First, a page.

On January 18th, the European Parliament adopted a resolution on human rights in Tajikistan which condemns the ongoing crackdown against independent media, government critics, human rights activists and independent lawyers, as well as the closure of independent media and websites. Parliament members urged the authorities to stop persecuting lawyers defending government critics and journalists, and immediately and unconditionally release those arbitrarily detained and drop all charges against them, including human rights lawyers Manuchehr Kholiknazarov and Buzurgmehr Yorov. In the resolution, the European Parliament members insisted that respect for freedom of expression in Tajikistan should be taken into account when assessing the application of the EU’s Generalised Scheme of Preferences (GSP+) for Tajikistan and negotiations of a new EU-Tajikistan Partnership and Cooperation Agreement. In December 2023, the chair of the U.S. Senate Committee on Foreign Relations, Ben Cardin sent a letter to the President of Tajikistan, Emomali Rahmon, urging him to cease acts of domestic and transnational repression against political opponents and religious minorities. “There are persistent reports of arbitrary arrest, denial of judicial due process, as well as acts of violence including torture, assault and even instances of murder of journalists, political dissidents, as well as community and religious leaders,” Cardin wrote. In recent years, several Tajik journalists, activists, and opposition politicians have been sentenced to lengthy prison terms largely based on accusations of collaborating with organizations labelled as extremist or banned in Tajikistan.[/vc_column_text][vc_single_image image="13842" img_size="full" el_class="scond-image" parallax_scroll="no" woodmart_inline="no"][vc_column_text woodmart_inline="no" text_larger="no"]Still a relatively young country, the official date of the independence of Tajikistan - a front-line state facing the extremism of the Taliban - is September 9th 1991. Whilst criticisms are warranted and accurate, particularly through the prism of western democracy, the crux of the problem would appear to be endemic corruption and weak institutions propagated by kleptocratic wealth and organized crime. As to how high up the criminality goes, in 2000 the Tajik Ambassador to Kazakhstan was arrested in Almaty with 86 kilos of heroin in his car. In 2001, the Deputy Minister of the Interior was murdered, the prosecution in the case arguing he’d been assassinated for refusing to pay for a shipment of 50 kilos. A statement released by the UNDP in 2001 estimated that drug money accounted for between 30 -50% of the Tajik economy. The year Tajikistan took over policing of its border with Afghanistan from the Russians, seizures of heroin halved. Piqued by the critical international response, President Rahmon levelled counter-allegations of Russian complicity in the heroin trade. “Why do you think generals lined up in Moscow all the way across Red Square and paid enormous bribes to be assigned here?” he complained to U.S. officials. “Just so they could do their patriotic duty?”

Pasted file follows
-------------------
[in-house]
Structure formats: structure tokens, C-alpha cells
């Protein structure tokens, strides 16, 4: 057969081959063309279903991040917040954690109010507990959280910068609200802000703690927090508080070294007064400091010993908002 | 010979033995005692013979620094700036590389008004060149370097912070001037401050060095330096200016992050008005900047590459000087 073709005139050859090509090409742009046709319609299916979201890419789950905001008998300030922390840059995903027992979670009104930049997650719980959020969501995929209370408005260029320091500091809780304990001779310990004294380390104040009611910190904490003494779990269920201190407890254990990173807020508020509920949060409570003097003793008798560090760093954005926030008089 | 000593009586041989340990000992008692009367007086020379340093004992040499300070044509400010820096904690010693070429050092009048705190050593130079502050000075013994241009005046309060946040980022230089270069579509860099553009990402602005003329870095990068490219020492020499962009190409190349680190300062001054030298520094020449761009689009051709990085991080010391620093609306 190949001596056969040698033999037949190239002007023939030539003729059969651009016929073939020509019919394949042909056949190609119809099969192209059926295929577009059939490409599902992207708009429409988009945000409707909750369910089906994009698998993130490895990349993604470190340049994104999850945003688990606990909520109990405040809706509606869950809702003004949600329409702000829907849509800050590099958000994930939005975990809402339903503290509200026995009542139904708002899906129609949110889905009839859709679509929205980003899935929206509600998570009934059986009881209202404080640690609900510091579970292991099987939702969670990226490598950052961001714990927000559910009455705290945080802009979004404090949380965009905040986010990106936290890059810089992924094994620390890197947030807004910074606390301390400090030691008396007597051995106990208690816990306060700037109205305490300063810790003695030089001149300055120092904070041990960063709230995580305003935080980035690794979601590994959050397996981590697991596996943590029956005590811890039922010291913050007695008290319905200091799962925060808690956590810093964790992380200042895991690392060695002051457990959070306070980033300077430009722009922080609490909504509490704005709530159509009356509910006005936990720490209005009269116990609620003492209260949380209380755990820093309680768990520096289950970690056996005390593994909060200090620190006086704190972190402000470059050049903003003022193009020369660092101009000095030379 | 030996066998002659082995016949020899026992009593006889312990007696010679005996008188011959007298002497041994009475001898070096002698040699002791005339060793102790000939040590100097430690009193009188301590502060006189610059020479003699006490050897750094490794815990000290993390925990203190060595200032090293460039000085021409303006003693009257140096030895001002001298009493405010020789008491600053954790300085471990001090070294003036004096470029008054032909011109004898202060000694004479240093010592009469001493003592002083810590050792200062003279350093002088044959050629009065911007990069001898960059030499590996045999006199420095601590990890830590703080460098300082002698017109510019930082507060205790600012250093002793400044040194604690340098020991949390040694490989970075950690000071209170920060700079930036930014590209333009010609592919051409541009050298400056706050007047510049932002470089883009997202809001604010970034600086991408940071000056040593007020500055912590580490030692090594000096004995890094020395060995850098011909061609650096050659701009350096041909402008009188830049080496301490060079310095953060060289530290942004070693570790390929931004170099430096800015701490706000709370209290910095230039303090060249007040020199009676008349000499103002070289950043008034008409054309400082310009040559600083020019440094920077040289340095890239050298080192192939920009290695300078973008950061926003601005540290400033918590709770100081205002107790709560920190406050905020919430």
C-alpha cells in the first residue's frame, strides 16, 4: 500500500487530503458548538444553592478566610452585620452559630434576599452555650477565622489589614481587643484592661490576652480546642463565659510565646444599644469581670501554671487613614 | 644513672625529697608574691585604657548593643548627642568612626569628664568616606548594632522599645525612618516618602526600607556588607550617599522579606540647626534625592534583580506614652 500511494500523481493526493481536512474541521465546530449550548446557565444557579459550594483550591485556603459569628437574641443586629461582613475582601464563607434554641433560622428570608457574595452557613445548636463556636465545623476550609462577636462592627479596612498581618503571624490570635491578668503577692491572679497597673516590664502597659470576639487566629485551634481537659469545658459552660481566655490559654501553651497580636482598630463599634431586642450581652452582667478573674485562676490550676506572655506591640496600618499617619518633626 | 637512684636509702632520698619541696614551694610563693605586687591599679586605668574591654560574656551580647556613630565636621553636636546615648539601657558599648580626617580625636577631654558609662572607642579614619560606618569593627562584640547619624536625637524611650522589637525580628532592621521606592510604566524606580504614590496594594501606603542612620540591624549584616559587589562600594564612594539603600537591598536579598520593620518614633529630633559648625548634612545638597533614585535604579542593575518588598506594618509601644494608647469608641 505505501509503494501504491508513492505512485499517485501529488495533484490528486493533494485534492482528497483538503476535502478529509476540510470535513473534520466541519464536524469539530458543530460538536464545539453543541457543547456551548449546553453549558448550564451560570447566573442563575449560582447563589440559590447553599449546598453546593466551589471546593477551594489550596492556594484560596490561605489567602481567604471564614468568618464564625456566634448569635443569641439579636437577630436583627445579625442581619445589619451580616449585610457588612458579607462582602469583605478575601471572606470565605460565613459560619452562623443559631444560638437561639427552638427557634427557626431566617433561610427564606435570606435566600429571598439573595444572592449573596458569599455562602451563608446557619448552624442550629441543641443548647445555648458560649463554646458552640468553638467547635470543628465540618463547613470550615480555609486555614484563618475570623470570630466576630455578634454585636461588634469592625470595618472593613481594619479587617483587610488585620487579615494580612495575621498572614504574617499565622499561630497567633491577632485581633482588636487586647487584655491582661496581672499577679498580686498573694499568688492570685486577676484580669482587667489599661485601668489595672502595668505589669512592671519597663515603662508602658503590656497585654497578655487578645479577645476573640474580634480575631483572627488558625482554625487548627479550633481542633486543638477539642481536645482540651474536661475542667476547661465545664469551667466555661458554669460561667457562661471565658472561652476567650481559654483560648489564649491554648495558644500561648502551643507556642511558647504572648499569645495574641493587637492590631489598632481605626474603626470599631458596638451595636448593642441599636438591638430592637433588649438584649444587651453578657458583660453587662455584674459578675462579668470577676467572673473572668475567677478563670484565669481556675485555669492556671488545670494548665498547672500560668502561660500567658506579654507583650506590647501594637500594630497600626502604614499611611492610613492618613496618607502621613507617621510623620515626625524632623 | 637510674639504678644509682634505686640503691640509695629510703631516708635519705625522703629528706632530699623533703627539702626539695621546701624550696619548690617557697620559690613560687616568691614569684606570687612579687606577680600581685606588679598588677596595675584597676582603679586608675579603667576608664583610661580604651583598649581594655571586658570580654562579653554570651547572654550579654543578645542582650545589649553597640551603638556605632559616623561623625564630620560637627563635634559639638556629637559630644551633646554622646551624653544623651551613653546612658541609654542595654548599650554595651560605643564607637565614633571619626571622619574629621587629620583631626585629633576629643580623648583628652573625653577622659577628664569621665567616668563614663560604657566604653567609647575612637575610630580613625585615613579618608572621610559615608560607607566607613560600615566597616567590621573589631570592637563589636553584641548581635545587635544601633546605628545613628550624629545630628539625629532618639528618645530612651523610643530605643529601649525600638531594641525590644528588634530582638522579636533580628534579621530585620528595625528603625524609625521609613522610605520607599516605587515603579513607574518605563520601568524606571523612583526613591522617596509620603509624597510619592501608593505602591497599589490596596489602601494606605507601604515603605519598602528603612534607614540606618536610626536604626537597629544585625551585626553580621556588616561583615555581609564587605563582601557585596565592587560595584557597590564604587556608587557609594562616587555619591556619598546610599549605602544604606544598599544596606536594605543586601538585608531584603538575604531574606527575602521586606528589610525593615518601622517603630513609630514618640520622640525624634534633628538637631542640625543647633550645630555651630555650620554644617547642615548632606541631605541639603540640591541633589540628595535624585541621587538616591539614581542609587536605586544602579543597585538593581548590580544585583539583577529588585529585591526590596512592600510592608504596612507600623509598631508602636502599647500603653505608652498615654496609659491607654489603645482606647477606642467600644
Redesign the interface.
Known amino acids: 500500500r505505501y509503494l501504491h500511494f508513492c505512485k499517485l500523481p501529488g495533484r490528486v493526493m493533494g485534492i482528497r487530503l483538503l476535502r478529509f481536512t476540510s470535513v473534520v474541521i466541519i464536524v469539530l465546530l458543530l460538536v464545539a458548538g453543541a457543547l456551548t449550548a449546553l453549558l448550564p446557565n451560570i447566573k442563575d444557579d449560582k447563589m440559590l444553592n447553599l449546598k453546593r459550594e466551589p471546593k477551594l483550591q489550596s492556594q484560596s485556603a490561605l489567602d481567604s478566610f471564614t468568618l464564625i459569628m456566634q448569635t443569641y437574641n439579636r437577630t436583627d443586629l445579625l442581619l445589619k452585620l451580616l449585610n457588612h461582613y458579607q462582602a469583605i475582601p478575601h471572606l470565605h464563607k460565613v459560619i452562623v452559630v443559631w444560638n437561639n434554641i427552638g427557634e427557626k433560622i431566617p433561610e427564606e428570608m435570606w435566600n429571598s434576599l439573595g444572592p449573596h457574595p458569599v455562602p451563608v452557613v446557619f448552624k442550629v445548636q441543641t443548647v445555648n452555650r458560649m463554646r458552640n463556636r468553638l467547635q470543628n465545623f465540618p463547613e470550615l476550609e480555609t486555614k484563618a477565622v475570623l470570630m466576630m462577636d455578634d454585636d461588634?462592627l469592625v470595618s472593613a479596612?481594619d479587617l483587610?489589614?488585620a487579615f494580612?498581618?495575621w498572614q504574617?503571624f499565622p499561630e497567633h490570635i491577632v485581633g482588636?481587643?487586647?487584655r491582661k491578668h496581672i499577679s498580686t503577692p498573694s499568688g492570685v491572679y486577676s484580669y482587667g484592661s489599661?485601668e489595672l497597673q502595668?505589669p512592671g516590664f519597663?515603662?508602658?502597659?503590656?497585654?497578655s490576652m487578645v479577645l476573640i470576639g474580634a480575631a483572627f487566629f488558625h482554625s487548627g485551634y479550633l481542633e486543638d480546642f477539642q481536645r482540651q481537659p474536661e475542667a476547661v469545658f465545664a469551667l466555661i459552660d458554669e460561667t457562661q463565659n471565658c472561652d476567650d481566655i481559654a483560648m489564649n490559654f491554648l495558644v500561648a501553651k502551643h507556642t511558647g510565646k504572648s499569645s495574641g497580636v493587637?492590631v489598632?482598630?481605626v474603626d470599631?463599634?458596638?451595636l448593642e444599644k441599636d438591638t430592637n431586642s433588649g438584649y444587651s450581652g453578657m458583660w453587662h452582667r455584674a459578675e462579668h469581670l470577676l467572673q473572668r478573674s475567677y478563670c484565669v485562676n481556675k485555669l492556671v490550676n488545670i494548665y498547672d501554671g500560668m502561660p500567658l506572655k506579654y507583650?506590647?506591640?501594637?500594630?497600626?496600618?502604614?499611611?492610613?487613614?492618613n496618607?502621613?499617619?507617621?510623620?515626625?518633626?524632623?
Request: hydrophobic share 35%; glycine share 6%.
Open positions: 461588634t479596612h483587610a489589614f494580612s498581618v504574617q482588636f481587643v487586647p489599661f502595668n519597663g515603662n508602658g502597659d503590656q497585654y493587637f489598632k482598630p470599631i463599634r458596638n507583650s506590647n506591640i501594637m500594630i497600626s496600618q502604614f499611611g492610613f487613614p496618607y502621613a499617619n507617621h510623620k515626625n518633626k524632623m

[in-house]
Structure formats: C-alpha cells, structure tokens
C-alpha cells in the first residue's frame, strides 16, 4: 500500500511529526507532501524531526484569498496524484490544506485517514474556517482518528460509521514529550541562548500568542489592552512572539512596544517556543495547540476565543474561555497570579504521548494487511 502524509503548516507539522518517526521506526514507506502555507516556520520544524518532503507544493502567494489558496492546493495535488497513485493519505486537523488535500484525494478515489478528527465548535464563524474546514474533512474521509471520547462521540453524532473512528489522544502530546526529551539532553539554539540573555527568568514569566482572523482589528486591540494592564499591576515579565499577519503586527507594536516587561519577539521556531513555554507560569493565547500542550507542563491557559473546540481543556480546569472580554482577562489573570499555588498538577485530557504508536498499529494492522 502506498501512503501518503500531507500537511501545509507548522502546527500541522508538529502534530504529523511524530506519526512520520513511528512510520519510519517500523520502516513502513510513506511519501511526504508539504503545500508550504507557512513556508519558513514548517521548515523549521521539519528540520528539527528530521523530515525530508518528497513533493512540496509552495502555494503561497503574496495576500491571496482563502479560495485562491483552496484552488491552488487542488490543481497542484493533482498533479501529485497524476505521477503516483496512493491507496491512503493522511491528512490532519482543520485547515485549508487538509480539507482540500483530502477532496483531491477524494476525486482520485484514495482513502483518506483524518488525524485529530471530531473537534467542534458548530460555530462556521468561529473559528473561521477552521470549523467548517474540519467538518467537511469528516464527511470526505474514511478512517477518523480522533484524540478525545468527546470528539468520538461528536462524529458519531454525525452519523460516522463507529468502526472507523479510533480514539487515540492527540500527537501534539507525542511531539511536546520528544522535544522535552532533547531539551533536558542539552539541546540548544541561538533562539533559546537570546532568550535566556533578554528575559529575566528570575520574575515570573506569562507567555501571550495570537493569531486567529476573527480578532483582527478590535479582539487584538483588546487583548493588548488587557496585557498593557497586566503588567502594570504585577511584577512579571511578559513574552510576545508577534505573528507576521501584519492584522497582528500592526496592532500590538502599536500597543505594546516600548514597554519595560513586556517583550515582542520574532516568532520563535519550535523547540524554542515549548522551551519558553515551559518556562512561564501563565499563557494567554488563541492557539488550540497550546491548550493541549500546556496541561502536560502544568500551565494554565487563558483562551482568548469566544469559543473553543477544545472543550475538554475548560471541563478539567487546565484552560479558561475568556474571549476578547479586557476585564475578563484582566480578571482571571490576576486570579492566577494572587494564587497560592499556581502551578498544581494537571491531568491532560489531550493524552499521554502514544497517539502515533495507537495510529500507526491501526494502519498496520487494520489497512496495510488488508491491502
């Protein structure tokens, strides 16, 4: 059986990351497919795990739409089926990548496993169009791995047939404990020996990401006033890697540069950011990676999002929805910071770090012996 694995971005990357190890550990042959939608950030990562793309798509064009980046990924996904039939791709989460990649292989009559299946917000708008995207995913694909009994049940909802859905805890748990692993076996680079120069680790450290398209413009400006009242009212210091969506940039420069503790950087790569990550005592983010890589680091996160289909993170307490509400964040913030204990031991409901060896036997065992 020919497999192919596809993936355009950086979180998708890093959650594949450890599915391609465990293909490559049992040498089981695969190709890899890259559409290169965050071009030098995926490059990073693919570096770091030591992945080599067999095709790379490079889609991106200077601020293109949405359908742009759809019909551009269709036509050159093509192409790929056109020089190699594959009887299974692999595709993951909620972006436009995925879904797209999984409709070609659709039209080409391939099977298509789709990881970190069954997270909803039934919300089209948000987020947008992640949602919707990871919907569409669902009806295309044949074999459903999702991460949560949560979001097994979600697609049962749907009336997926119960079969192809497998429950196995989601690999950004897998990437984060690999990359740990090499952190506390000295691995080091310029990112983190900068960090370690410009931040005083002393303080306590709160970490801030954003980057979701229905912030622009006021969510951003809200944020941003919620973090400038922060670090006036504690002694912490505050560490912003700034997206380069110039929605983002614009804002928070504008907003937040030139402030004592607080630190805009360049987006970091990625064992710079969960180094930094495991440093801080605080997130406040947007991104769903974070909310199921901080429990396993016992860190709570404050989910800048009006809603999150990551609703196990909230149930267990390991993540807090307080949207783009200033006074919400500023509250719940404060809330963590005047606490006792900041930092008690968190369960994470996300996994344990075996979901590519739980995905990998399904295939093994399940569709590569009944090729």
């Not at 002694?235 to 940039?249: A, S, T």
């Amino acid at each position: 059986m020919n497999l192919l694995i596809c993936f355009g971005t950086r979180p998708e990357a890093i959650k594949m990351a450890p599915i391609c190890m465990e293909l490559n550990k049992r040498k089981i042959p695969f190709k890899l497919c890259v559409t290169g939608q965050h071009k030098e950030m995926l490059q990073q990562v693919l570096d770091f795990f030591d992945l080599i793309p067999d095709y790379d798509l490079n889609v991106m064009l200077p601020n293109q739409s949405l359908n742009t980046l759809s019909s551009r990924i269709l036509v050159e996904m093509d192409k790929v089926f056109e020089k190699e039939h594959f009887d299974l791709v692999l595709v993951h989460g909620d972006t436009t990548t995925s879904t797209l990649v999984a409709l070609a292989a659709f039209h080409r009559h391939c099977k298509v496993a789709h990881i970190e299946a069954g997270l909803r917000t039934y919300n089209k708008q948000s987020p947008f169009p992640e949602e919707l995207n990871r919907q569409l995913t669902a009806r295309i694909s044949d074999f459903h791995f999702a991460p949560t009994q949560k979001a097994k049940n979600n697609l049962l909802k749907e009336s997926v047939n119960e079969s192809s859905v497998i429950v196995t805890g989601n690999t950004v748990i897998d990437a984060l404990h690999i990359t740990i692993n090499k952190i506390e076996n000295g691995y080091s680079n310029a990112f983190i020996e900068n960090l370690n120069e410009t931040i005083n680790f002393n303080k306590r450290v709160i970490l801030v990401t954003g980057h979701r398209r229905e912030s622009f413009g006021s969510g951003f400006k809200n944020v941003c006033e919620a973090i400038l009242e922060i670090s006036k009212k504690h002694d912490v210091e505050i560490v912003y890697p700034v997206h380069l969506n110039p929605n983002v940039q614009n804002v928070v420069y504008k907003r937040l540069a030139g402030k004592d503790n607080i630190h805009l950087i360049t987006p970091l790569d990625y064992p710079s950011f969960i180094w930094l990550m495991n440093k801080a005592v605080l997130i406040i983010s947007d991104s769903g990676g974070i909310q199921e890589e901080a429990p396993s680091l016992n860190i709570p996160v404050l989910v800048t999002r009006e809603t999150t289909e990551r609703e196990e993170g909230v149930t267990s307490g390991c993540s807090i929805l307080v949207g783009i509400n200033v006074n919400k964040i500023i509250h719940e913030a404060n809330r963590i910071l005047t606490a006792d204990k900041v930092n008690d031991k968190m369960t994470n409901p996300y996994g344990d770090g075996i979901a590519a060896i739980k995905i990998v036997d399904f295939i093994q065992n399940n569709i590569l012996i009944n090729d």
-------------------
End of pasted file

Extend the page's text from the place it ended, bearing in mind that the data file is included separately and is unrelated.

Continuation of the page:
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The criminal case against Samat Abish, nephew of the former President of Kazakhstan, Nursultan Nazarbayev, is set to proceed to trial in Astana. The investigation conducted by the General Prosecutor's Office has concluded, and the case has been transferred to the courts. This will be the first time a relative of Nazarbayev has been tried on charges related to the violent events of January 2022. Details of the pre-trial investigation will not be made available to the public, as the case involves state secrets. Abish is being charged under Article 362 (Part 4) of the Criminal Code, "Exceeding official powers," which could result in up to five years imprisonment and the confiscation of property if he is convicted. Abish, aged 45, is the son of Satybaldy Abishevich Nazarbayev, the younger brother of the former president who died in a car accident in 1981. Abish took his surname in honor of his grandfather. Abish lost his position as the First Deputy Chairman of the National Security Committee of Kazakhstan on January 5th 2022, amidst riots across the country. Alongside him, the head of the KNB, Karim Massimov, and the Prime Minister, Askar Mamin, were also dismissed. Two days later, Abish was detained in Almaty and charged in connection with the January events. Investigators attributed primary responsibility for the tumultuous events of early 2022 to Karim Massimov, Abish's direct supervisor, and his three deputies. President Tokayev stated during an extraordinary session of the CSTO Collective Security Council on January 10th 2023, that the events were an attempt to seize power by high-ranking officials. Abish's sibling, Kairat Satybaldy, was convicted on corruption charges last year for embezzling tens of millions of U.S. dollars.